No-SQL database Redis - PART-2
Hello, welcome to Part -2 of NoSql database blog. Today, we are look into to redis database.
Redis is an in-memory key value datastore written in ANSI C programming language by Salvatore Sanfilippo. Redis not only supports string datatype but it also supports list, set, sorted sets, hashes datatypes, and provides a rich set of operations to work with these types. If you have worked with Memcached (an in-memory object caching system), you will find that it is very similar, but Redis is Memcached++. Redis not only supports rich datatypes, but it also supports data replication and can save data to disk.
Redis: What for?:
- Cache out-of-process
- Duplicate detector
- LIFO/FIFO Queues
- Priority Queue
- Distributed HashMap
- UID Generator
- Real-time analytics & chat apps
- Counting Stuff
- Metrics DB
- Implement expires on items
- Leaderboards (high game scores)
- Geolocation lookup
- API throttling (rate-limits)
- Social activity feed
Who’s using Redis?:
- 220.000.000.000 commands per day
- 500.000.000.000 reads per day
- 50.000.000.000 writes per day
- 500+ servers 2000+ Redis instances!
- Atomic operations
- Lua Scripting
- Master/Slave replication
- Cluster (with automatic sharding)*
- Automatic failover (Redis Sentinel)
- Append Only File (AOF) persistence
- Snapshot (RDB file) persistence
- Redis can handle up to 232 keys and was tested in practice to handle at least 250 million of keys per instance.
- Every list, set, and sorted set, can hold 232 elements.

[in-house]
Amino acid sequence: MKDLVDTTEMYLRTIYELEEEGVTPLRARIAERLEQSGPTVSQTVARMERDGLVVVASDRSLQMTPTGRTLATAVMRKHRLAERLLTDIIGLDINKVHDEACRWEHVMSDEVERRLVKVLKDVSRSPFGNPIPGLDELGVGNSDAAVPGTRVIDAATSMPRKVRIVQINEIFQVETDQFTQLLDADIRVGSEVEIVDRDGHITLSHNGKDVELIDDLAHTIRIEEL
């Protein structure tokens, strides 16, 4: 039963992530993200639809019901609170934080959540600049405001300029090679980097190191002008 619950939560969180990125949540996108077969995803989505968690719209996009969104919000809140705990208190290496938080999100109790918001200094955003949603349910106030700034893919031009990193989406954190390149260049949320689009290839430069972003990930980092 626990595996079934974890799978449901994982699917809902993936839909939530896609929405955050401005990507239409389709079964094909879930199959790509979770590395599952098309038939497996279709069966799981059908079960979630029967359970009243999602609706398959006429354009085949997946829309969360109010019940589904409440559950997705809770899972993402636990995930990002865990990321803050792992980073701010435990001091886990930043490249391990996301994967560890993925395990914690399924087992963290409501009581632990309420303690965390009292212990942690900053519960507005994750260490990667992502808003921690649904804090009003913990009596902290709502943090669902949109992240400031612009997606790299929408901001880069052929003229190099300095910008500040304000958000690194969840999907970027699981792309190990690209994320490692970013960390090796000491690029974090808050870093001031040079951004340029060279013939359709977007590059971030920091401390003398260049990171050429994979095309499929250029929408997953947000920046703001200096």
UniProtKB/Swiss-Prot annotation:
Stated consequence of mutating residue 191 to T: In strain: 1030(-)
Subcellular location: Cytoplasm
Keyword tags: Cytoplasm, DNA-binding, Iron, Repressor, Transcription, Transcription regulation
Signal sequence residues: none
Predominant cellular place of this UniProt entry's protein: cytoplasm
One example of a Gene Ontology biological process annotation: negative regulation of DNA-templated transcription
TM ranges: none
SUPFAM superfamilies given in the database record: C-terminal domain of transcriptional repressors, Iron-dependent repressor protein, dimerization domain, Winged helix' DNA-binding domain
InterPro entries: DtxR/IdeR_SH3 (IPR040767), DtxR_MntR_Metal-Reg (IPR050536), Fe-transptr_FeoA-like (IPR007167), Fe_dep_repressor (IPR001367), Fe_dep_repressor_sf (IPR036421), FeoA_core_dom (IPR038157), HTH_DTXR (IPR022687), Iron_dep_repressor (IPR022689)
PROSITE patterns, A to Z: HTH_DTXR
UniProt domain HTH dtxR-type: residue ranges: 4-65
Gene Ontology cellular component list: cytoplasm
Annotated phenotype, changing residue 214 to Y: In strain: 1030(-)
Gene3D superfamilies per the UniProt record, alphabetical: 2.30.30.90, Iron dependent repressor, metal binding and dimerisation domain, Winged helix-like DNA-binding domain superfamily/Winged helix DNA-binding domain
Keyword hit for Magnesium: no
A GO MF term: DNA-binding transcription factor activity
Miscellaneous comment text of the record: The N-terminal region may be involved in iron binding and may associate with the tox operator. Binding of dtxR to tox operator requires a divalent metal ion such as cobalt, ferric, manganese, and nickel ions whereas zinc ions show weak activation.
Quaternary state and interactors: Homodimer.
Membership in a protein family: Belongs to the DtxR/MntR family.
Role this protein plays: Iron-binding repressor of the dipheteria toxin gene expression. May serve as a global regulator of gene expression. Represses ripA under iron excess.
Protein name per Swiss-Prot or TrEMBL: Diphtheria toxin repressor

- Blazing Fast
- Easy to setup, Use and maintain
- Extensible with LUA scripting
- Persistence consumes lot of I/O when using RDB
- All your data must fit in memory
Best used: For rapidly changing data with a foreseeable database size (should fit mostly in memory).
For example: o store real-time stock prices. Real-time analytics. Leaderboards. Real-time communication. And wherever you used memory cached before.
What happens if Redis runs out of memory?:
Redis will either be killed by the Linux kernel OOM killer, crash with an error, or will start to slow down. With modern operating systems malloc() returning NULL is not common. Usually the server will start swapping, and Redis performances will degrade so you'll probably notice there is something wrong. The INFO command will report the amount of memory Redis is using so you can write scripts that monitor your Redis servers checking for critical conditions.
Redis Data Structure:
- Redis is not a plain key-value store. It is a data structures server, supporting a different kind of values. Here is a list all the data structures supported by Redis.
- Binary-safe strings.
- Lists: collections of string elements sorted according to the order of insertion. They have linked lists.
- Sets: collections of unique, unsorted string elements.
- Sorted sets, similar to Sets but where every string element is associated with a floating number value, called the score.
- Hashes, which are maps composed of fields associated with values. Both the field and the value are strings. This is very similar to Ruby or Python hashes.
- Bit arrays: it is possible, using special commands, to handle String values like an array of bits: the.
- HyperLogLogs: this is a probabilistic data structure which is used to estimate the cardinality of a set.
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